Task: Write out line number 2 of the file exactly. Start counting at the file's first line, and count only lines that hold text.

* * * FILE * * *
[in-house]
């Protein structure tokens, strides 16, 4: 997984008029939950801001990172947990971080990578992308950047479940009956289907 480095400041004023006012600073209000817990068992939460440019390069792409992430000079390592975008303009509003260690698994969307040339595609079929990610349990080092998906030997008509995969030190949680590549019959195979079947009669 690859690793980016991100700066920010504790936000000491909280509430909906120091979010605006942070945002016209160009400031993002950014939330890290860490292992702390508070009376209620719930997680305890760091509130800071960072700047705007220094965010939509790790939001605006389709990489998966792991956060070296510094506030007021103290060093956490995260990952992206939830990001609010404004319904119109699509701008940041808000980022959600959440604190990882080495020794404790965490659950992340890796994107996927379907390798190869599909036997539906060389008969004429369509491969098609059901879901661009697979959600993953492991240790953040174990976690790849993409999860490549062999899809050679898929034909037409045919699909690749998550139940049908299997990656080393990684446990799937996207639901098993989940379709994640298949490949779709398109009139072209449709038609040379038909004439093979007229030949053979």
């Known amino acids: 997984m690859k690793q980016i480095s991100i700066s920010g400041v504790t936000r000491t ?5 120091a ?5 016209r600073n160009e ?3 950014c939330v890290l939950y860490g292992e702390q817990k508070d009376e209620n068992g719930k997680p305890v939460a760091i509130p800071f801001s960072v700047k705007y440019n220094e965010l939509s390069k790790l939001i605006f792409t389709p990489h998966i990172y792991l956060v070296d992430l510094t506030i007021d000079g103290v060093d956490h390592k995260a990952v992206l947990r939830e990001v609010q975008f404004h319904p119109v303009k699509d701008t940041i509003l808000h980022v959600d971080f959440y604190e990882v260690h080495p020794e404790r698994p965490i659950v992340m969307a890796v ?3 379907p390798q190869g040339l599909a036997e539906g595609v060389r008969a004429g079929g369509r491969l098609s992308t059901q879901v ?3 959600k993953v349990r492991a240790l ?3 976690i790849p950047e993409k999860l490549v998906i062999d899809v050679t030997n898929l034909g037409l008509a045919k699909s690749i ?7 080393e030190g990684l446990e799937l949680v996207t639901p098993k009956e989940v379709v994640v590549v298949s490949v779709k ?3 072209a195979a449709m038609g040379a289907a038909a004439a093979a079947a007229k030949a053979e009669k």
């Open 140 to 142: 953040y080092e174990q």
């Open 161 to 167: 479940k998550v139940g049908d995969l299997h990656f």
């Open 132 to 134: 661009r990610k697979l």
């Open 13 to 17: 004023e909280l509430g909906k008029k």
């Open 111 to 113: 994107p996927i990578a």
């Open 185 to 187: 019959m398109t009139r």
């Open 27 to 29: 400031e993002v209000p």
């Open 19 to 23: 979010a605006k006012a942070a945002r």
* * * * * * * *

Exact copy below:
């Protein structure tokens, strides 16, 4: 997984008029939950801001990172947990971080990578992308950047479940009956289907 480095400041004023006012600073209000817990068992939460440019390069792409992430000079390592975008303009509003260690698994969307040339595609079929990610349990080092998906030997008509995969030190949680590549019959195979079947009669 690859690793980016991100700066920010504790936000000491909280509430909906120091979010605006942070945002016209160009400031993002950014939330890290860490292992702390508070009376209620719930997680305890760091509130800071960072700047705007220094965010939509790790939001605006389709990489998966792991956060070296510094506030007021103290060093956490995260990952992206939830990001609010404004319904119109699509701008940041808000980022959600959440604190990882080495020794404790965490659950992340890796994107996927379907390798190869599909036997539906060389008969004429369509491969098609059901879901661009697979959600993953492991240790953040174990976690790849993409999860490549062999899809050679898929034909037409045919699909690749998550139940049908299997990656080393990684446990799937996207639901098993989940379709994640298949490949779709398109009139072209449709038609040379038909004439093979007229030949053979």